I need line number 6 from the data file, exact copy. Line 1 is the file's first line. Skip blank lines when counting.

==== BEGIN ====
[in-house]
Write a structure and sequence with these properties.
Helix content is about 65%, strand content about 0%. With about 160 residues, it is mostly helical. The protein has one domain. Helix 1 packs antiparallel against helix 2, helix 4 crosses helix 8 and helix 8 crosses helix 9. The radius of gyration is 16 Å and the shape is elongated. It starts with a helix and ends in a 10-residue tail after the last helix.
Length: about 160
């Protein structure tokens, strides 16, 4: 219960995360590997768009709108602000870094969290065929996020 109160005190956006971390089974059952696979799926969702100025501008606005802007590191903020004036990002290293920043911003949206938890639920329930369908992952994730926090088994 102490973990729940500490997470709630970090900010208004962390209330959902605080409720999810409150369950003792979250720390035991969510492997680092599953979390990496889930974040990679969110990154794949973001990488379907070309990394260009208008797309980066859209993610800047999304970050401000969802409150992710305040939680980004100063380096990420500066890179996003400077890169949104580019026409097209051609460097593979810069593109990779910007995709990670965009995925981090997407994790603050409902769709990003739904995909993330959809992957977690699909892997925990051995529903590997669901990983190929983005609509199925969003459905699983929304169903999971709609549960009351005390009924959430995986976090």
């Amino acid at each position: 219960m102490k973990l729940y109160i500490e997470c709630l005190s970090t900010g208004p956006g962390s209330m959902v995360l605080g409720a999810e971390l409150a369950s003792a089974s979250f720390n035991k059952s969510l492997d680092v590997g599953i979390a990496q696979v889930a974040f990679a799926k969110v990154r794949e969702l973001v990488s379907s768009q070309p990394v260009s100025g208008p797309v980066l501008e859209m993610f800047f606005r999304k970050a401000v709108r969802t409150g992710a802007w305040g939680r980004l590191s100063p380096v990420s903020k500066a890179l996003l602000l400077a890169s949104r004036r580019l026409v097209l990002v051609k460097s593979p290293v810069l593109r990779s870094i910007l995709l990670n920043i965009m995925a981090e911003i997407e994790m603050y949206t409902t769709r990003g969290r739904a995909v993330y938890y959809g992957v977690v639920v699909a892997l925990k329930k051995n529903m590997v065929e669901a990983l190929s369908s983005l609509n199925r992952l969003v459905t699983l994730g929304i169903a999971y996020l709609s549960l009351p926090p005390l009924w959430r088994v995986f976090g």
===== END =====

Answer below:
């Amino acid at each position: 219960m102490k973990l729940y109160i500490e997470c709630l005190s970090t900010g208004p956006g962390s209330m959902v995360l605080g409720a999810e971390l409150a369950s003792a089974s979250f720390n035991k059952s969510l492997d680092v590997g599953i979390a990496q696979v889930a974040f990679a799926k969110v990154r794949e969702l973001v990488s379907s768009q070309p990394v260009s100025g208008p797309v980066l501008e859209m993610f800047f606005r999304k970050a401000v709108r969802t409150g992710a802007w305040g939680r980004l590191s100063p380096v990420s903020k500066a890179l996003l602000l400077a890169s949104r004036r580019l026409v097209l990002v051609k460097s593979p290293v810069l593109r990779s870094i910007l995709l990670n920043i965009m995925a981090e911003i997407e994790m603050y949206t409902t769709r990003g969290r739904a995909v993330y938890y959809g992957v977690v639920v699909a892997l925990k329930k051995n529903m590997v065929e669901a990983l190929s369908s983005l609509n199925r992952l969003v459905t699983l994730g929304i169903a999971y996020l709609s549960l009351p926090p005390l009924w959430r088994v995986f976090g």